The Intro And The Outro: The other song they’re known for. I’m not even sure I want to spoil this one for people who haven’t heard it already. You know how during a concert bands will vamp while somebody introduces each member by name? And each member will join in the playing once they’ve been introduced? Well that’s what this is, only the song takes a rather unexpected dive into ridiculousness after the actual band members are introduces. I will say no more—go and give this a listen if you haven’t already. RATING: 8.5/10

Mickey’s Son And Daughter: We’ve got another cover song here, and you could pretty much copy-paste my review of Jollity Farm here. I’m not going to do that, but I will copy-paste the score. RATING: 8/10

Big Shot: The Bonzos’ take on film noir. I could listen to the evocative narration over that smooth, jazzy beat all day. There are even little instrumental breaks after some of the stronger punch lines to accentuate the humour. This song has so much… attitude. Not just in the vocals, but in the playing as well. How could you not love it? RATING: 9/10

Music For The Head Ballet: Time for some bias. But this is my site, and these are my personal reviews after all, so that’s kind of the whole point. This is an energetic, psychedelic, and simultaneously cheery and disturbing harpsichord piece, with some of the neatest sounding chords I’ve ever heard in my life (perhaps because the instrument is slightly out of tune). The carnivalesque melody is absolutely mesmerizing. By the way, if you’re confused about the name, try and look up a video of the Bonzos performing the titular Ballet. I promise you, even if you’re a terrible dancer, you’ll be able to pull it off. RATING: 10/10

Piggy Bank Love: Perhaps the best song on the album? This bubblegum pop piece has all the making of a smash hit: an abundance of hooks, sappy lyrics, a bouncy rhythm, and… okay I guess the falsetto vocals won’t appeal to everyone. But the melodies here are just infectious. I don’t really have any music-critic buzzwords for you this time. It’s just damn good. RATING: 10/10

I’m Bored: The lyrics revolve around an individual who really just can’t be bothered with modern life; he finds just about everything in existence to be insufferably boring. Once again, Stanshall’s accent is what makes this track. We also get hit with a barrage of bored-related puns (including A-bore-iginals and mortar bored), and there’s even an interpolation of Frère Jacques sung in a round (though the lyrics, of course, have been changed to “I Am Bored”). The lyrics also set us up for the next song by referencing The Sound of Music—that’s just about the only time there’s really any sense of cohesion on this album. RATING: 8.5/10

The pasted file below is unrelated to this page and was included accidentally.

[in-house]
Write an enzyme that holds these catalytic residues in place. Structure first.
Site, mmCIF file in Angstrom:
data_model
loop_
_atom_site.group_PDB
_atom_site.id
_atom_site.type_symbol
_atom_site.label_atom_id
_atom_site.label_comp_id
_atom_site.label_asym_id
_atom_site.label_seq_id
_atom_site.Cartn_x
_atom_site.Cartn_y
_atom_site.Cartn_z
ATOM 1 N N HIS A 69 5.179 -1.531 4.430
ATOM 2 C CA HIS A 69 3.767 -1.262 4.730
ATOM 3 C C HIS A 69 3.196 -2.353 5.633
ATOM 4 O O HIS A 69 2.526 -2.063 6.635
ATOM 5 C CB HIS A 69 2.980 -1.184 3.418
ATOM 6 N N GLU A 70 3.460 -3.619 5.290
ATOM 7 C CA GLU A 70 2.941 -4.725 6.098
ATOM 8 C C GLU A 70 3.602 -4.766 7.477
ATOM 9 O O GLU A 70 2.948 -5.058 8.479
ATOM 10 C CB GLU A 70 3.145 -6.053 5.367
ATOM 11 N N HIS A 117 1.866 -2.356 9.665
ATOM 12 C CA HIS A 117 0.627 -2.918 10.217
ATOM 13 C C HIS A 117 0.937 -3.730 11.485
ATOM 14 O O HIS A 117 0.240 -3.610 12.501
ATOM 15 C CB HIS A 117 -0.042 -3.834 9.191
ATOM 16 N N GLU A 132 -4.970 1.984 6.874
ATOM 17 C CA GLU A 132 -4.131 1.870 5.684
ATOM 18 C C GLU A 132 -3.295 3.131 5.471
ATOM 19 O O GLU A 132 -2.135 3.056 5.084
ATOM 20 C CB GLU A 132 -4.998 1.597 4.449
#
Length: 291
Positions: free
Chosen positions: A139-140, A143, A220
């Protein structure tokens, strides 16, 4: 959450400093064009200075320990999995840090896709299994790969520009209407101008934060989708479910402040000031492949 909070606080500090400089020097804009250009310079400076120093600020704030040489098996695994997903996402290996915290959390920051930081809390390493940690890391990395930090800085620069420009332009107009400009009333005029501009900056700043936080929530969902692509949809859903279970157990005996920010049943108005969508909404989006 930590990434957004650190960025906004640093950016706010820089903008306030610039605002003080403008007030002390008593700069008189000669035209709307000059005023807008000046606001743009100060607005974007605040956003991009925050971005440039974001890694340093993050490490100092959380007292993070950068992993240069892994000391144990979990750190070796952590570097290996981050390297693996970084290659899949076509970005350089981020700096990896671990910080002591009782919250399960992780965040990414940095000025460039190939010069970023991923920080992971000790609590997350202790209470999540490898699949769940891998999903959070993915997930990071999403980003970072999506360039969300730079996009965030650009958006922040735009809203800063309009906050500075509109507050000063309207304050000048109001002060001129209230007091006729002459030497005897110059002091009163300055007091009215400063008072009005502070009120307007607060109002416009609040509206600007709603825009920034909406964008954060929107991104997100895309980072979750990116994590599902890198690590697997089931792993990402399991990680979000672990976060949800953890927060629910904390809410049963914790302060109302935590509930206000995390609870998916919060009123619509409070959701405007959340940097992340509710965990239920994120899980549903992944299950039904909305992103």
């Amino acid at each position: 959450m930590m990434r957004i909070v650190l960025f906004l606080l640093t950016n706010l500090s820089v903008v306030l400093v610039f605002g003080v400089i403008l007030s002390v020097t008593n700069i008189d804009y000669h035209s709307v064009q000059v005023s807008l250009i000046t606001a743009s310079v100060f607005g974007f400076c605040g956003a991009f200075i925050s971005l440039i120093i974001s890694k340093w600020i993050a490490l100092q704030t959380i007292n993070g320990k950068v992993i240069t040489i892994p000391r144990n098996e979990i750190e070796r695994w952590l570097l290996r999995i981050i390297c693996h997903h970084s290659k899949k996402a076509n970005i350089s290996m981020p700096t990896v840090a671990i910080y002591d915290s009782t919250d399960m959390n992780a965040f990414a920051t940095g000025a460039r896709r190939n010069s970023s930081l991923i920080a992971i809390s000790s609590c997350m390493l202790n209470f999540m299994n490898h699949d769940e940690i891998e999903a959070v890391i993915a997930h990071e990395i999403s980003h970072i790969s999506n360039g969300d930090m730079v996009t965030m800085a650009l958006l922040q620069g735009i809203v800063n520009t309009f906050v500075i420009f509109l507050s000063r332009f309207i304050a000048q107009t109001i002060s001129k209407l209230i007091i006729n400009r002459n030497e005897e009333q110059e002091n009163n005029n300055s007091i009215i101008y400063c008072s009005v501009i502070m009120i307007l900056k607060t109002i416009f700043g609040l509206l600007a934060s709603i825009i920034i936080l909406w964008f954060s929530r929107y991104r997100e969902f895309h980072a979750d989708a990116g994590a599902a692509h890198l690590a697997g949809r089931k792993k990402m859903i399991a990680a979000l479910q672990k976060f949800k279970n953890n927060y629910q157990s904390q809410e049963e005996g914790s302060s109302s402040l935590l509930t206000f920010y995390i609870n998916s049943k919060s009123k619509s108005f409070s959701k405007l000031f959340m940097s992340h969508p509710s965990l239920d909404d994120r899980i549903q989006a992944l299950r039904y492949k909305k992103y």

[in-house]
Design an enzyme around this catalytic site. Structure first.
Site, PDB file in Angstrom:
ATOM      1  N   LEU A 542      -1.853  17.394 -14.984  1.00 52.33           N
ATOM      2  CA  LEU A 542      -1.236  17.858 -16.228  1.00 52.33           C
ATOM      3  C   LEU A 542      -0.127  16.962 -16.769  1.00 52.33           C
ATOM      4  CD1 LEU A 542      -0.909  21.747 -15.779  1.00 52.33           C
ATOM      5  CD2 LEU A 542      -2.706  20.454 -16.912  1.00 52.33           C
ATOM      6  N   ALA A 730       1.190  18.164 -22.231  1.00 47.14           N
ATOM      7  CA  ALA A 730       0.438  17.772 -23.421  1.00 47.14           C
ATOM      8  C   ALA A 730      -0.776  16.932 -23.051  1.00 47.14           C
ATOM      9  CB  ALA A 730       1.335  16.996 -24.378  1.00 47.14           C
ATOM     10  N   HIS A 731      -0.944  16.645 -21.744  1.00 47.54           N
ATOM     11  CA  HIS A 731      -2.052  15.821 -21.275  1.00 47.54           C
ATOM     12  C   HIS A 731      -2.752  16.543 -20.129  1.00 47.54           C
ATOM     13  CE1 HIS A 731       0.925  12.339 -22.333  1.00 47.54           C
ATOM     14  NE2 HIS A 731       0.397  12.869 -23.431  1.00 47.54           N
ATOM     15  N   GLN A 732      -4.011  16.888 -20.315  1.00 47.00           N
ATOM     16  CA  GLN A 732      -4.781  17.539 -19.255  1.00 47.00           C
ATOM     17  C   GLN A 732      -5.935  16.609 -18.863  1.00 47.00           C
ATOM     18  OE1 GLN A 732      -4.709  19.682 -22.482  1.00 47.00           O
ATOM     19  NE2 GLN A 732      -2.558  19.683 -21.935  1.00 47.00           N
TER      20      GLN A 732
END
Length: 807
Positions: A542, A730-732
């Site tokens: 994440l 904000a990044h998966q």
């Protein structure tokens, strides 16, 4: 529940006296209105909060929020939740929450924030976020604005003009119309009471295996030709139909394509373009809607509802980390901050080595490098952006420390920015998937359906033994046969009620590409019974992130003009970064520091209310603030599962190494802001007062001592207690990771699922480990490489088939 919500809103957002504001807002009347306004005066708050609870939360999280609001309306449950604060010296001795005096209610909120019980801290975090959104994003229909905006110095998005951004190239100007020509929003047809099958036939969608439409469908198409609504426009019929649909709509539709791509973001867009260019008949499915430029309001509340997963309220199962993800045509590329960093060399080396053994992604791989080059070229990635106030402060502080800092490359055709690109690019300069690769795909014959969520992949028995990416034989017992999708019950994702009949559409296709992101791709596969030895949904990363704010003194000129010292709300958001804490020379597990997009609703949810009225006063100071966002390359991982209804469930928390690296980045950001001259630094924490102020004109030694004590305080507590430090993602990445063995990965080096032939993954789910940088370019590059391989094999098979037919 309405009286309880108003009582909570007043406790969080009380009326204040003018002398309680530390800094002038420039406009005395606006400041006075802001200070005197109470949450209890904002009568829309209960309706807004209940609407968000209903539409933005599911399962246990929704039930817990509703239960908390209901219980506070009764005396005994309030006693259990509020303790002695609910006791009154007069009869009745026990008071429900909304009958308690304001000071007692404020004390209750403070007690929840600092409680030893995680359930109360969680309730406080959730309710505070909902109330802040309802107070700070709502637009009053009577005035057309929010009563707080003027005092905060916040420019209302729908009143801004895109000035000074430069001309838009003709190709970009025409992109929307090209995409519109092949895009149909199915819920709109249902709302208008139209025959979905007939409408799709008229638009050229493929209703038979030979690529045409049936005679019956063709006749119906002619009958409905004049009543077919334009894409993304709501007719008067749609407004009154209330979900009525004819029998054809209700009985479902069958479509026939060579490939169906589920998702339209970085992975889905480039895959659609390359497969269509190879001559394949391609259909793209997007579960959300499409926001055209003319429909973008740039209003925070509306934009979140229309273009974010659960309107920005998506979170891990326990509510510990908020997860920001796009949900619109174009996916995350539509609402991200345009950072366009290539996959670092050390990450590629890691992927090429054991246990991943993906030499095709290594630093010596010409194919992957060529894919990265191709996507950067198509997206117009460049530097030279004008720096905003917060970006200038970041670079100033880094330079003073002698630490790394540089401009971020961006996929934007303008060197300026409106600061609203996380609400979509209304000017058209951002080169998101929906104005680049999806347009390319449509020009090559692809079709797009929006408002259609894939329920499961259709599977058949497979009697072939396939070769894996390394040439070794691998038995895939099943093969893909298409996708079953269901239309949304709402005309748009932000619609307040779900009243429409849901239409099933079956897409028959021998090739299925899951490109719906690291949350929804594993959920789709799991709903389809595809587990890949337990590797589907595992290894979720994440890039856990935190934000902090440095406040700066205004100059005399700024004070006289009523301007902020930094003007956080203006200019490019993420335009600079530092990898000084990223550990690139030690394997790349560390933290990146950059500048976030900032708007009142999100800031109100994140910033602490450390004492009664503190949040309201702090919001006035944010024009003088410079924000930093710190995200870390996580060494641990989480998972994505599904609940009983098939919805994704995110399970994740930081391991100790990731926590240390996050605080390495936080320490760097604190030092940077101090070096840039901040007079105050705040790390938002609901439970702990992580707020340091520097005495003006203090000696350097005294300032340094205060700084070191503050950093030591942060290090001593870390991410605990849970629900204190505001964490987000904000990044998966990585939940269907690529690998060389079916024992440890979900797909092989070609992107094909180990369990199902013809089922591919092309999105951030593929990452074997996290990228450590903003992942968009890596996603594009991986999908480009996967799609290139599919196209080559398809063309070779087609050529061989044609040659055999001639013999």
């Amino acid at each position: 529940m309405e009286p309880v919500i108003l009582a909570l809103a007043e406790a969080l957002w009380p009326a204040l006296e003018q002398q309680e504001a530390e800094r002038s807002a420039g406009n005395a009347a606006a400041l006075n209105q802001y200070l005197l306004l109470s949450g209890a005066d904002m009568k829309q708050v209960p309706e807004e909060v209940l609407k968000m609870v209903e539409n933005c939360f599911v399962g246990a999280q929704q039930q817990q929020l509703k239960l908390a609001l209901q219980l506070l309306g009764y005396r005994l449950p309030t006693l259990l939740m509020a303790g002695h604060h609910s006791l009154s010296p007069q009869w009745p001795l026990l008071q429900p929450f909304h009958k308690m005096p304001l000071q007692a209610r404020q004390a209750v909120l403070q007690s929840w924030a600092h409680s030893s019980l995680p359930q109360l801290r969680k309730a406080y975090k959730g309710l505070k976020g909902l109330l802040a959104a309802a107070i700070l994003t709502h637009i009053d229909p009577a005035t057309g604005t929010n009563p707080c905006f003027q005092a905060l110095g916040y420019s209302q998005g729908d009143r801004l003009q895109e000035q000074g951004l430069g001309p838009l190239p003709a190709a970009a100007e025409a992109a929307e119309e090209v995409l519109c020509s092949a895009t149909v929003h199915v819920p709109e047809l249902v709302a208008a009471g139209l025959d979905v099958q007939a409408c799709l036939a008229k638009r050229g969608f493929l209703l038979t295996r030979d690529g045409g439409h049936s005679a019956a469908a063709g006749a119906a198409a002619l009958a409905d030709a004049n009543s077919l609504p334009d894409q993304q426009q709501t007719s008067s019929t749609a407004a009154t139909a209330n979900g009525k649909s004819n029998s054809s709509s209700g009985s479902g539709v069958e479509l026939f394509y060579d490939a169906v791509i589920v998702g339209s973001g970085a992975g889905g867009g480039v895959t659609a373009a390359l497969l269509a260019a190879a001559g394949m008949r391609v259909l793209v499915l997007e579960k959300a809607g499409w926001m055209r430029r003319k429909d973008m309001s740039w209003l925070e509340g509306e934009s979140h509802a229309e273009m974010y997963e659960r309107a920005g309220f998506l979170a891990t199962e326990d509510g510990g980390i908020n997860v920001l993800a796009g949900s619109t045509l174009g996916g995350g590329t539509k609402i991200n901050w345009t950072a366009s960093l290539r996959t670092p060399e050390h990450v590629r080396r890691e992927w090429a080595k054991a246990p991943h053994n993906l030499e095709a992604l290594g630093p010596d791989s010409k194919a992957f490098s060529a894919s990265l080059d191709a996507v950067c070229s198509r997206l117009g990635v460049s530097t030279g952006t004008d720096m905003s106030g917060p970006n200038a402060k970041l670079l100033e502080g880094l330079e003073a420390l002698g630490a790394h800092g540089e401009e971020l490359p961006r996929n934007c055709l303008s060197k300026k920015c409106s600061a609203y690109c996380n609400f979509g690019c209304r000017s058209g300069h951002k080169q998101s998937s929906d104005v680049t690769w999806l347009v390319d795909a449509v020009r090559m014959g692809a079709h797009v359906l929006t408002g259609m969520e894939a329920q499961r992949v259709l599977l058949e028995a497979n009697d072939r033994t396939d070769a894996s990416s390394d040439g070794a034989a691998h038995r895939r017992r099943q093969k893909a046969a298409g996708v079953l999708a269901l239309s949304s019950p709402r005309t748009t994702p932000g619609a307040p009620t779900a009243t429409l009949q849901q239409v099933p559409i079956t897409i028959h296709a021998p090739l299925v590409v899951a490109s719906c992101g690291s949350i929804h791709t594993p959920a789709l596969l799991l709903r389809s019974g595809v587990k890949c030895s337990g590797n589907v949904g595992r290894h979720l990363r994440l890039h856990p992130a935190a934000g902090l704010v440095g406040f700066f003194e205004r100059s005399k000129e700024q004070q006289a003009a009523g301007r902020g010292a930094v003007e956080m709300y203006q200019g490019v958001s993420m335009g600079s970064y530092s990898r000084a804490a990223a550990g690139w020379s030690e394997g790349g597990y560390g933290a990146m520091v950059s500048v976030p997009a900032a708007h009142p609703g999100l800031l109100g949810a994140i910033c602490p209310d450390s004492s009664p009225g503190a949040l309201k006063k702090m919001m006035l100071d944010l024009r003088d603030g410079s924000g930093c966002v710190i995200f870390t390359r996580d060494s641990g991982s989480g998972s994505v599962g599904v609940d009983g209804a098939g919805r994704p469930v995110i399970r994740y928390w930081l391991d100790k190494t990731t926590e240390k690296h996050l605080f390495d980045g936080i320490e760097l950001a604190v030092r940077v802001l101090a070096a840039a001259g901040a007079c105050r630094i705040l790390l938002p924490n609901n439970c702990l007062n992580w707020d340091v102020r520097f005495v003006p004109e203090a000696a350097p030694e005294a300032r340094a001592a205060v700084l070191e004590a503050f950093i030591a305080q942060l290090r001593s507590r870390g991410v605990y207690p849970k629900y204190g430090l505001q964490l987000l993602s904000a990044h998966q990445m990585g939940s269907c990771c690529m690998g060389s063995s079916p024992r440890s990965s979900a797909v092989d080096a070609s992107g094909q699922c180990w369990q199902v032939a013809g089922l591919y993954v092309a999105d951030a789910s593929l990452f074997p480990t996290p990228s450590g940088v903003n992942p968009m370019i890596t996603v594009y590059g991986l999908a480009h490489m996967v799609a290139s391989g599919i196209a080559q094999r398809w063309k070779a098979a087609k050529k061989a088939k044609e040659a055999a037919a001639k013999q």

The Sound of Music: The album concludes with another joke track. Only it’s a joke we’ve already heard before; the highlight of this song is the same blatant disregard for musicality featured on Jazz (Delicious Hot, Disgusting Cold). Only, somehow, it’s funnier this time. RATING: 2/3

Part III: The Album

Aesthetic: The production is spot on—as I said, this album rivals the best of what was coming out in the late sixties in terms of its sound. The album is full of vibrant instrumentation and top-notch sound effects. The album cover is a little bizarre, and I’m not really sure why the album is titled Gorilla anyway. After all, a true Bonzo Dog Band fan knows that the Bonzos were all about rhinos. But bizarre is what the Bonzos do best. SCORE: 4/5

Artistic Merit: I mean, this isn’t an album that pushed the boundaries of recorded music—at least I don’t think so. But it’s an album that used all those cutting-edge techniques to make something that managed to be both derivative and unique at the same time. I guess that’s what the Bonzos are: a paradox. And the songwriting, particularly Neil Innes’ contributions, is top-notch. SCORE: 3.5/5

Flow: There is none, really. It’s a chaotic collection of comic cacophony. It’s cohesive in the way that The White Album is cohesive: it isn’t. But the Bonzos’ trademark humour shines throughout. And the songs really do reflect everything that was going on in pop music at the time. It’s definitely a satisfying listen start to finish, so that has to count for something. SCORE: 6.5/10

 CLOSING REMARKS: Gorilla is a strong debut, and I’d place it right up there with some of the best albums to come out in 1967. While the Bonzos would go on to release 4 more equally charming albums, there’s something magical about this one that they were never really quite able to recapture. Anyway, come for the humour, stay for the music.